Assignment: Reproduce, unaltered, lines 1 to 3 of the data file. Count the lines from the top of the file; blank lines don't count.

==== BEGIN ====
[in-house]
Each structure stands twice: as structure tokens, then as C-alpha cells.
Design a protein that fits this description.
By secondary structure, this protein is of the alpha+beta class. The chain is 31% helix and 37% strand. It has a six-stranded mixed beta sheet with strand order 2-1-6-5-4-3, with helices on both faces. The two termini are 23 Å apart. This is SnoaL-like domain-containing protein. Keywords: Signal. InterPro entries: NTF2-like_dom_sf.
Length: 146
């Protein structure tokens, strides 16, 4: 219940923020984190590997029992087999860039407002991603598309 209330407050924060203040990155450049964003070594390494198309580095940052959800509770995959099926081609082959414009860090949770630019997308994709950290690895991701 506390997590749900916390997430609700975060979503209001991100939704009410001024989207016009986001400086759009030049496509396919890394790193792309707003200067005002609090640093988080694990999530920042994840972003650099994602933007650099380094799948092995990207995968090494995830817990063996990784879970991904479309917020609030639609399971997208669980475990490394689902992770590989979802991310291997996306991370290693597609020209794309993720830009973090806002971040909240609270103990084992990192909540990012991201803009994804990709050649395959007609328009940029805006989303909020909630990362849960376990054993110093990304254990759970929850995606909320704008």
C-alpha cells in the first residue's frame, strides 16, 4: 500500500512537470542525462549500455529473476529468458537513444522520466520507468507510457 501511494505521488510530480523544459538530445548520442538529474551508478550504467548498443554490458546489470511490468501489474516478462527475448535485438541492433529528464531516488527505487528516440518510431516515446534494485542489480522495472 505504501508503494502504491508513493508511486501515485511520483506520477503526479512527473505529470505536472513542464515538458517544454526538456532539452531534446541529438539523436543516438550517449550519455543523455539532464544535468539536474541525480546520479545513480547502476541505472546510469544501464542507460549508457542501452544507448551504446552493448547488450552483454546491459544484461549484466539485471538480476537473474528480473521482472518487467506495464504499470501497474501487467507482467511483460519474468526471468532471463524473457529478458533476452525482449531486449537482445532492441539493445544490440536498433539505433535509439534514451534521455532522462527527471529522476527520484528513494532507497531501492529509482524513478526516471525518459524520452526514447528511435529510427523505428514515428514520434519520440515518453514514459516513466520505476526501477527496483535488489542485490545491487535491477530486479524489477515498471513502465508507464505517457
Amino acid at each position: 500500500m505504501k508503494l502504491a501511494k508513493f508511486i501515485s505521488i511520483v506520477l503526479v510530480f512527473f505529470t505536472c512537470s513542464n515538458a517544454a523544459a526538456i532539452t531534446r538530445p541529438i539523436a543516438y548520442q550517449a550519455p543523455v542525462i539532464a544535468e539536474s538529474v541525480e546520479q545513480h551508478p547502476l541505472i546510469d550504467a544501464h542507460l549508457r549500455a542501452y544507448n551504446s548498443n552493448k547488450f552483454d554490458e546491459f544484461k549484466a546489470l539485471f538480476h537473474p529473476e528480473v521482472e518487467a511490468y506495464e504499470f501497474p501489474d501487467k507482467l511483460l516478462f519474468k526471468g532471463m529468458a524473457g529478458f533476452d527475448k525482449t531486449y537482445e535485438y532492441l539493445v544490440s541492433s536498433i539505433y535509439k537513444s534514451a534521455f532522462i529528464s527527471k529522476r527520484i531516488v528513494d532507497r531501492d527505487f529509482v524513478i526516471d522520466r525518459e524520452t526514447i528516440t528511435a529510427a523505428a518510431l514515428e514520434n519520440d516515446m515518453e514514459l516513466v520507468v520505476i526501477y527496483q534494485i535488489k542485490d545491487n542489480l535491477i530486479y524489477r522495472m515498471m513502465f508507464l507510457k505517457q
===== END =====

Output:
[in-house]
Each structure stands twice: as structure tokens, then as C-alpha cells.
Design a protein that fits this description.